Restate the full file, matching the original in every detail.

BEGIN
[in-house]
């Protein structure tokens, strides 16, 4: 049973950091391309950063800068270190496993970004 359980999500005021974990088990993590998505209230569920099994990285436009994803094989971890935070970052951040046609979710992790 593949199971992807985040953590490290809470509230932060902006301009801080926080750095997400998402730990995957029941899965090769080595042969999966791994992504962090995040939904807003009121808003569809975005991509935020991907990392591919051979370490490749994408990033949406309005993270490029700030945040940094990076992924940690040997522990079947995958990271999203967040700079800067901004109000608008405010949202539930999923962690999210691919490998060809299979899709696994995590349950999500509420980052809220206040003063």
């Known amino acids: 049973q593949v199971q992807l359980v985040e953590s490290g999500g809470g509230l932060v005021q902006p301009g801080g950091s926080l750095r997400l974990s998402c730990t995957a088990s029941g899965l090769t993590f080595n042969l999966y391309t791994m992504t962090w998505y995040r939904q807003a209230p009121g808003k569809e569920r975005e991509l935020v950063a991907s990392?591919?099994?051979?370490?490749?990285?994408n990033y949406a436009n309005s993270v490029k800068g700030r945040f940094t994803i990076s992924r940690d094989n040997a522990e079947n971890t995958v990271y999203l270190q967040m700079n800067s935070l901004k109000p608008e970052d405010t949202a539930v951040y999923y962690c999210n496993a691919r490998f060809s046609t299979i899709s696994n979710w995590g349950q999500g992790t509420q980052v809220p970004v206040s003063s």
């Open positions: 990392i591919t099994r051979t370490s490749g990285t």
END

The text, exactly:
[in-house]
């Protein structure tokens, strides 16, 4: 049973950091391309950063800068270190496993970004 359980999500005021974990088990993590998505209230569920099994990285436009994803094989971890935070970052951040046609979710992790 593949199971992807985040953590490290809470509230932060902006301009801080926080750095997400998402730990995957029941899965090769080595042969999966791994992504962090995040939904807003009121808003569809975005991509935020991907990392591919051979370490490749994408990033949406309005993270490029700030945040940094990076992924940690040997522990079947995958990271999203967040700079800067901004109000608008405010949202539930999923962690999210691919490998060809299979899709696994995590349950999500509420980052809220206040003063």
């Known amino acids: 049973q593949v199971q992807l359980v985040e953590s490290g999500g809470g509230l932060v005021q902006p301009g801080g950091s926080l750095r997400l974990s998402c730990t995957a088990s029941g899965l090769t993590f080595n042969l999966y391309t791994m992504t962090w998505y995040r939904q807003a209230p009121g808003k569809e569920r975005e991509l935020v950063a991907s990392?591919?099994?051979?370490?490749?990285?994408n990033y949406a436009n309005s993270v490029k800068g700030r945040f940094t994803i990076s992924r940690d094989n040997a522990e079947n971890t995958v990271y999203l270190q967040m700079n800067s935070l901004k109000p608008e970052d405010t949202a539930v951040y999923y962690c999210n496993a691919r490998f060809s046609t299979i899709s696994n979710w995590g349950q999500g992790t509420q980052v809220p970004v206040s003063s």
């Open positions: 990392i591919t099994r051979t370490s490749g990285t």